Vote for your 2013 Chinese GP Driver of the Weekend

2013 Chinese Grand Prix

Start, Shanghai, 2013Which F1 driver was the best performer during the Chinese Grand Prix weekend?

Review how each driver got on below and vote for who impressed you the most during the last race weekend.

Chinese Grand Prix driver-by-driver

Red Bull

Sebastian Vettel – Opting not to set a time in Q3 and start the race on medium tyres was a striking deviation from Red Bull’s usual tactics. It almost paid off at a track where the RB9 lacked its usual edge. Vettel picked his fights carefully during the race but when it came to the crunch a slip-up at turn 11 on the final lap cost him a clear chance to take a podium finish.

Mark Webber – If Webber was owed a karmic debt after Sepang it certainly didn’t come in Shanghai. He ran out of fuel in qualifying and an improperly fitted wheel ended his race. While problems beyond his control wrecked this event for him an error of his own making – an optimistic move on Vergne at turn six – saw him collect a grid penalty for the next round.

Ferrari

Fernando Alonso, Ferrari, Shanghai, 2013Fernando Alonso – Laughed off questions about Massa out-qualifying him for four races in a row then put a stop to it on Saturday, claiming third on the grid. After his usual good start he put a straightforward DRS pass on Hamilton to take the lead. His driving in the second stint won him the race, quickly working his way through traffic to minimise the strain on his tyres.

Felipe Massa – Disappointed to miss out on the top three in qualifying, but the first round of pit stops really spoiled his race. Left to do another lap on worn softs, he dropped back into the midfield where he struggled with tyre degradation and finished sixth.

McLaren

Jenson Button – As in Malaysia he took the best that the MP4-28 had to offer. But this time there was no pit lane slip-up to deprive him of the reward for his efforts. Ekeing the tyres out for two pit stops asked a lot of his self-control: “I had to cruise when I’d normally fight the others. It’s not the most exciting way to go racing, but we got ten points today because we did it.”

Sergio Perez – Another driver who found himself mired in the pack and struggling to make his tyres last. He persevered with his two-stop strategy to the end but finished out of the points. He was clouted by Raikkonen on the way: the Lotus driver claimed Perez had pushed him off the track but the McLaren hadn’t deviated from the racing line and no penalty was forthcoming.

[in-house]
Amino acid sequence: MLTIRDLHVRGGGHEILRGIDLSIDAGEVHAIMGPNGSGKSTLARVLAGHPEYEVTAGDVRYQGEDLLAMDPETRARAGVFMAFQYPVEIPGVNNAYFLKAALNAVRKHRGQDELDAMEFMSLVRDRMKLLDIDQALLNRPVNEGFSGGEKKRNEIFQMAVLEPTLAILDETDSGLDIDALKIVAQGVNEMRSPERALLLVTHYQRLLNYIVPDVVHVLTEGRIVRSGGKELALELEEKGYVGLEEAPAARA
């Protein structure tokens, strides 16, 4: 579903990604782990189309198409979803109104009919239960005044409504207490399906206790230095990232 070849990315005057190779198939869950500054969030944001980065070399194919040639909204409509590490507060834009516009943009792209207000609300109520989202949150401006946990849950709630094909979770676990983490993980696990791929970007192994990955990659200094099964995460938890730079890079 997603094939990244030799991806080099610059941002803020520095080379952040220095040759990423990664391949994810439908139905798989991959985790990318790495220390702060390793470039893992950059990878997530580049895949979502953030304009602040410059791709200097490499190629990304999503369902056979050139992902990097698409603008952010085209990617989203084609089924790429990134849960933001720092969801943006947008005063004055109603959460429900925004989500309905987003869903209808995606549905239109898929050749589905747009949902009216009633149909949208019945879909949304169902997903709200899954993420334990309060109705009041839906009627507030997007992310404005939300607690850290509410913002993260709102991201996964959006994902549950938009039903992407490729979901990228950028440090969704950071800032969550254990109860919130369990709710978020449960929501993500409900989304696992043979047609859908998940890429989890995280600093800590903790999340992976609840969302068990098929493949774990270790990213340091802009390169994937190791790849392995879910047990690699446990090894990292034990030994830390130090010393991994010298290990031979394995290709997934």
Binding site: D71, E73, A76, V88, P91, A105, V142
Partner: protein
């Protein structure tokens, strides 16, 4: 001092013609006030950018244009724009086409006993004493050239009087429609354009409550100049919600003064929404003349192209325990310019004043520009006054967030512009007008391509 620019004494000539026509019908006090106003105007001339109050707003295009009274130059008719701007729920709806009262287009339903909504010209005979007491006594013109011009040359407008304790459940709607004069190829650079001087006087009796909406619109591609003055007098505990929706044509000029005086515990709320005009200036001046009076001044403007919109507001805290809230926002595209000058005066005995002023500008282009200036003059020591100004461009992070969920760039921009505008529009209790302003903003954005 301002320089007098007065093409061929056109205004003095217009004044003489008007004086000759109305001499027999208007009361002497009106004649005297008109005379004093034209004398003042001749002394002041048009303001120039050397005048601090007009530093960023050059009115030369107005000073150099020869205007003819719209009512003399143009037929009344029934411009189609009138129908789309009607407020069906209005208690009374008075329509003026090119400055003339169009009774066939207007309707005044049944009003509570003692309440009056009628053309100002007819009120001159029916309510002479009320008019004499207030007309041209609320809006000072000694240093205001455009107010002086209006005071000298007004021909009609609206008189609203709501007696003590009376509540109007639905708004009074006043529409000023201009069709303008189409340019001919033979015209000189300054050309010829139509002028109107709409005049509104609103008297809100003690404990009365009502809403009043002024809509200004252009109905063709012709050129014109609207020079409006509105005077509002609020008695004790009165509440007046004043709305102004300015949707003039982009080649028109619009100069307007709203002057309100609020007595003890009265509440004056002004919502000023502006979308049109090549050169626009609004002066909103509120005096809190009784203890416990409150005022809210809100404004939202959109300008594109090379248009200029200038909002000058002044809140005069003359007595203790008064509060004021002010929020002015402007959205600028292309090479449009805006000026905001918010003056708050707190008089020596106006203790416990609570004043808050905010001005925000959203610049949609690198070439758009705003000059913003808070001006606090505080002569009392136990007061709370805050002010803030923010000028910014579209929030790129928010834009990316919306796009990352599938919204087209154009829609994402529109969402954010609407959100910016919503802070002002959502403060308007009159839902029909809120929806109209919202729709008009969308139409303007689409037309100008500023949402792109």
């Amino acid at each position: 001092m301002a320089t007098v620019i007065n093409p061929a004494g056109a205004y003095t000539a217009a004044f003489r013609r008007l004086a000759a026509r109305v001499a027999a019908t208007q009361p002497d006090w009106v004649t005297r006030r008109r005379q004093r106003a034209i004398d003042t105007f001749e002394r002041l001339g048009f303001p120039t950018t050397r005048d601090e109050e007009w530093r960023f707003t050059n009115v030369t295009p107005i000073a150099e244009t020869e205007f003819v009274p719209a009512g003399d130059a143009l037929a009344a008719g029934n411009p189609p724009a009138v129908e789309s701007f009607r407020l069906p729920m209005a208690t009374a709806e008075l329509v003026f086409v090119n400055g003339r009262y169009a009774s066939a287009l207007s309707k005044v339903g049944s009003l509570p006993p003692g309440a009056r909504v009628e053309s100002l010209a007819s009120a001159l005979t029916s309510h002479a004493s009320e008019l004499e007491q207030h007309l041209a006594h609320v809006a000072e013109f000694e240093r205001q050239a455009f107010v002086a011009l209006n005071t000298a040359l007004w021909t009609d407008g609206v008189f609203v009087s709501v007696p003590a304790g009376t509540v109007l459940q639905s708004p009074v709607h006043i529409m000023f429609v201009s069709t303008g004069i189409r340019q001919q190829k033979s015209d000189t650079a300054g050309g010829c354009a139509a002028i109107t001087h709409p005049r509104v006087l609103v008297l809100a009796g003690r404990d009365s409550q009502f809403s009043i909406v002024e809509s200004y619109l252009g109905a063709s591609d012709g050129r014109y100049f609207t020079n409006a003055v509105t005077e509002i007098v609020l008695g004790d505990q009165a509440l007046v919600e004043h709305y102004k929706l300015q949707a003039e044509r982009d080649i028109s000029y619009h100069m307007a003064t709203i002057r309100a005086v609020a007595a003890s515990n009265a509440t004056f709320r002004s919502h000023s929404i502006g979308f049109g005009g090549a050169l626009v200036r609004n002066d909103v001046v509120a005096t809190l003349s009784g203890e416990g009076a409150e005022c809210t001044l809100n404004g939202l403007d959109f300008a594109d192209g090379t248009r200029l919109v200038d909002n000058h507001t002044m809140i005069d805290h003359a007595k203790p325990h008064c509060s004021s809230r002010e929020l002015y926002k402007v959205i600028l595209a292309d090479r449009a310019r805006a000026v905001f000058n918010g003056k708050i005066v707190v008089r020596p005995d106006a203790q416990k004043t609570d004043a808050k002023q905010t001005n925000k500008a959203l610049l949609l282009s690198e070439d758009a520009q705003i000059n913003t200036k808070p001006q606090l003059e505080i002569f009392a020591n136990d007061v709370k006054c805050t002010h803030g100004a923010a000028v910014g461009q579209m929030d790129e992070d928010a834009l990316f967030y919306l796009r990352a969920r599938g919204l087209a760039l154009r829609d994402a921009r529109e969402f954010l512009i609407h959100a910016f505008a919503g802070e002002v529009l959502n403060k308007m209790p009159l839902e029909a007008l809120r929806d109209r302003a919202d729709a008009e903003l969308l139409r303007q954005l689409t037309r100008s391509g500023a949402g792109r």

Lotus

Kimi Raikkonen – Qualified on the front row for the first time since Monaco four years ago. But a problem with his start settings saw him get away poorly. This was the first blow to his victory chances: the second came when he hit Perez’s McLaren. Despite front wing and nose damage estimated to have cost him a quarter of a second per lap he soldiered on and jump Hamilton at the final round of pit stops to take second.

Romain Grosjean – Grosjean had the same problem as Massa when it came to timing his first pit stop, but his lap times suffered even more and he emerged even further back in the midfield. From there he salvaged ninth, passing Hulkenberg in the closing stages.

Mercedes

Lewis Hamilton, Mercedes, Shanghai, 2013Nico Rosberg – An error at the final corner on his flying lap in Q3 probably cost him a place on the front row. He followed his team mate into the pits on lap five but didn’t lose too much time. However a fault was detected with his rear anti-roll bar after his second pit stop and that ended his race.

Lewis Hamilton – A clean sweep in qualifying including a brilliant Q3 lap produced his first pole position for his new employers. But his lead only lasted four laps, after which he was unable to hold off the Ferraris. He struggled with understeer in the middle of the race but it cleared up later on, suggesting rubber debris had become stuck in his wing and then been dislodged. But it was too late to claim second place back from Raikkonen.

Sauber

Nico Hulkenberg – Reached Q3 for the first time this year but decided against doing a lap. He started on medium tyres and passed Button and Vettel on lap four. That handed him the lead of the race three laps later, but by the end of the race he’d fallen to tenth. Having used the soft tyres for his third stint it was his return to medium tyres in the final stint that really hurt him and he was passed by Ricciardo and Grosjean.

Esteban Gutierrez – Eliminated in Q1. Five laps into the race he missed his braking point at the hairpin and slammed Sutil out of the race, earning himself a five-place penalty for the next round.

Force India

Paul di Resta – Missed the top ten shootout by 0.026s. Paid a high price for getting too close to his team mate on the first lap, running wide and losing several places. Although he recovered to finish seventh his team believed he could have finished ahead of Button. His stints on the medium tyres were impressively consistent.

Adrian Sutil – Having been out-qualified by Di Resta, his race had barely begun before he was taken out by Gutierrez.